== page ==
On 16 June 1937 the POUM’s executive met in Barcelona to discuss the upcoming party conference. After the meeting, a comrade from the party headquarters warned the group that the police had orders to arrest the party executive.
Minutes later, at one in the afternoon and in the full light of day, a car filled with police arrived and arrested Nin.
More arrests of senior POUM members followed, carried out by the Stalinist-controlled Madrid secret police.
By now the Stalinists, in collaboration with Juan Négrin, were suppressing all genuine revolutionaries. They used slander, denouncing revolutionaries as “traitors”, “fascists” and “spies”, torture, and even murder in a network of underground prisons.
Nin was slandered as a fascist collaborator. Graffiti in Barcelona asked “Where is Nin?”, to which the Stalinists replied, “In Salamanca or Berlin”. Nin was in fact being held in Alcalá de Henares, outside Madrid, where he suffered beatings and torture at the hands of the Stalinist thugs.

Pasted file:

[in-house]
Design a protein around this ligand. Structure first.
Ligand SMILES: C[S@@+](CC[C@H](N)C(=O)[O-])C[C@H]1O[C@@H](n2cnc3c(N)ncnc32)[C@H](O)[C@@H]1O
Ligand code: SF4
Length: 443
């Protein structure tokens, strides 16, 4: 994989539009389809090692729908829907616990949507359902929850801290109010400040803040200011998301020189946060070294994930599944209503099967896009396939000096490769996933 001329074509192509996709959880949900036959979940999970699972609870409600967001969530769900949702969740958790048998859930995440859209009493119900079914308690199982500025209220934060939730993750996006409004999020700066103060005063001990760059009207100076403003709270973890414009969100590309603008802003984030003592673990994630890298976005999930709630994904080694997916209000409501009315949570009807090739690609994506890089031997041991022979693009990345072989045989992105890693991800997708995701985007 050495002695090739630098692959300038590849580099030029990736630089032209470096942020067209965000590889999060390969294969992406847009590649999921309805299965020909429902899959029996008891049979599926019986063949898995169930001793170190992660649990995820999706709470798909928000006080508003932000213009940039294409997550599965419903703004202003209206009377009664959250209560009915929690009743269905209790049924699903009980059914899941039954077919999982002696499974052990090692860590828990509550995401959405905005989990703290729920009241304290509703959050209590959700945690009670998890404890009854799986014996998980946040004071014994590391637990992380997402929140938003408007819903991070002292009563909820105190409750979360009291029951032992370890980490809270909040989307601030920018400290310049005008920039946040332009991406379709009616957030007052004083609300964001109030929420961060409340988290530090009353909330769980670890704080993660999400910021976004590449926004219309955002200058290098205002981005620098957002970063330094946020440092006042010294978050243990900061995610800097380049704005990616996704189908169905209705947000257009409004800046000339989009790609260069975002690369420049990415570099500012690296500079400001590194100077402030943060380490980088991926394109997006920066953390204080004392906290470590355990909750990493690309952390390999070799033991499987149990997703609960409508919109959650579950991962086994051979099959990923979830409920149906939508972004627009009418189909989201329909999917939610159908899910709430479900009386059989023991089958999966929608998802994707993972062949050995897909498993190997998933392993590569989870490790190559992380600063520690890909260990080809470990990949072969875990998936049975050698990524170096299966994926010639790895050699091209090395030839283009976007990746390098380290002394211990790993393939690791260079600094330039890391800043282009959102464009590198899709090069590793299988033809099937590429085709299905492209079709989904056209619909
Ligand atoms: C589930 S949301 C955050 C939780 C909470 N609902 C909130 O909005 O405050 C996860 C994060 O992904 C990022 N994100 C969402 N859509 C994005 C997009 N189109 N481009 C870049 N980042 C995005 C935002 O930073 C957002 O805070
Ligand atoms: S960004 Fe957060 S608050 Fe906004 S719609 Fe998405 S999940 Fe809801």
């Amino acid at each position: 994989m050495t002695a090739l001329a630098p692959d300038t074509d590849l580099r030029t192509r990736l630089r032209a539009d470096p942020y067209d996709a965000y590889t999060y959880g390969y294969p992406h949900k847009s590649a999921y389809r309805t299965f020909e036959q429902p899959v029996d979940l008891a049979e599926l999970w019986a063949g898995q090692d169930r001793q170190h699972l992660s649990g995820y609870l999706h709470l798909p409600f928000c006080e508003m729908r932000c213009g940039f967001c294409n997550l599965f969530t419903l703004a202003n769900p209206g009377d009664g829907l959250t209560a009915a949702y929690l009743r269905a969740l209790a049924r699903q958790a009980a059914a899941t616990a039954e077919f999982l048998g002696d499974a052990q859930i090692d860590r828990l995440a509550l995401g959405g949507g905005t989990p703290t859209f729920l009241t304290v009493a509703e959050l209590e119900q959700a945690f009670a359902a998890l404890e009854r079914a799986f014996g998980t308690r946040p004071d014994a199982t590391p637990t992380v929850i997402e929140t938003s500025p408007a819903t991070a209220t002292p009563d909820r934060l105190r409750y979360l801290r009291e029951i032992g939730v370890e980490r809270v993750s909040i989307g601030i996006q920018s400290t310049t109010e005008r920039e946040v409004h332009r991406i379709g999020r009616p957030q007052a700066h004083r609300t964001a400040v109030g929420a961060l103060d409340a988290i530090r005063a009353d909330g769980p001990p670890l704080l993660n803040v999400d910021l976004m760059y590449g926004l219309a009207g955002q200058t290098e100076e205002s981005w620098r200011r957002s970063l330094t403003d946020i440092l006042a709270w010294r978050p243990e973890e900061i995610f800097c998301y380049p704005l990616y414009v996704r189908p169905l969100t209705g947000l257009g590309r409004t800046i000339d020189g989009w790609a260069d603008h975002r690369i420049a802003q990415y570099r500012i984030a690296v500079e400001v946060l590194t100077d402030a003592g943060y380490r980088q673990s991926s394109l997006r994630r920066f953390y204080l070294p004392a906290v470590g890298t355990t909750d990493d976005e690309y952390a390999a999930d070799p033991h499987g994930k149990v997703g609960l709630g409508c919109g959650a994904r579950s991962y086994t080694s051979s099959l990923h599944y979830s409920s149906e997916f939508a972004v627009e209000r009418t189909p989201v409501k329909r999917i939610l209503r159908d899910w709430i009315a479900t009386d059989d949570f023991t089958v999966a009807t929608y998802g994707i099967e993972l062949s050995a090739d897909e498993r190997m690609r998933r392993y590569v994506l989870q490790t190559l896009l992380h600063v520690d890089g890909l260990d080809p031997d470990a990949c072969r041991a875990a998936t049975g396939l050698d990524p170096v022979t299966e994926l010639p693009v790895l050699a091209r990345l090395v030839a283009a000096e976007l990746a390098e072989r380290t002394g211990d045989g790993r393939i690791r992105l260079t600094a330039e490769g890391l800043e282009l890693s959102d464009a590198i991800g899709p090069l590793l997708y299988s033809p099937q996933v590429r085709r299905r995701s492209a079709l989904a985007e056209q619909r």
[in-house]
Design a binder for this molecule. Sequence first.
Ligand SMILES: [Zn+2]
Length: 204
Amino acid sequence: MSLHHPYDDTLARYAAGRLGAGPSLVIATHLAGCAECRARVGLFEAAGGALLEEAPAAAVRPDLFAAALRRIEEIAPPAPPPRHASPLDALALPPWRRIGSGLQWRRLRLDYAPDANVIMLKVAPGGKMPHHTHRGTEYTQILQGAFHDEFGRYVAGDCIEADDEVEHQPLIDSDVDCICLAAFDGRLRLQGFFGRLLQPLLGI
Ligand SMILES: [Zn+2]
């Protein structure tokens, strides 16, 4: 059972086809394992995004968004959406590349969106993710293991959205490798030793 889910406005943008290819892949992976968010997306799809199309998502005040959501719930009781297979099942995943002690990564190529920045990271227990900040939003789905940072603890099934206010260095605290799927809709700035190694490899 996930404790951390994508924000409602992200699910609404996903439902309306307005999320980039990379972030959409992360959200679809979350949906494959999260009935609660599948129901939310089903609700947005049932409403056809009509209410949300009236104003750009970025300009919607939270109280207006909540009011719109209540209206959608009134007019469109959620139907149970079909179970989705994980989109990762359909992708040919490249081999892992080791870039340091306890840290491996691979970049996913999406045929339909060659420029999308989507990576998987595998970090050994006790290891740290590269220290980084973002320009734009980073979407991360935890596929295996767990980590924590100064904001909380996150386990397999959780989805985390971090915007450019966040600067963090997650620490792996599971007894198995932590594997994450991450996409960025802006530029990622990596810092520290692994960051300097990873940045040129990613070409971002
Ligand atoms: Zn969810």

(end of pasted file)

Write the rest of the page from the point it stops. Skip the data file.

According to former Communist Jesús Hernández: “Nin did not capitulate. He resisted, to their dismay. His torturers grew impatient. They decided to abandon the ‘dry’ method. Now came the living blood, the rended flesh, the twisted muscles, which would put to the test the man’s integrity and capacity for physical resistance.
“Nin bore up under the cruelty of the torment and the pain of refined torture. At the end of a few days his human shape had been turned into a formless mass of swollen flesh.”
On the night of 22 June, an armed group of German International Brigadiers posing as “Nazi agents” sought to “rescue” Nin and took him away. The rescuers had been selected by Alexander Orlov, the Stalinist secret police, NKVD’s man in Spain, and led by Stalinist gangster Vittorio Vidali, who was later involved in the failed assassination attempt on Trotsky in May 1940 in Mexico City. Nin died at the hands of these Stalinist thugs without once betraying his comrades.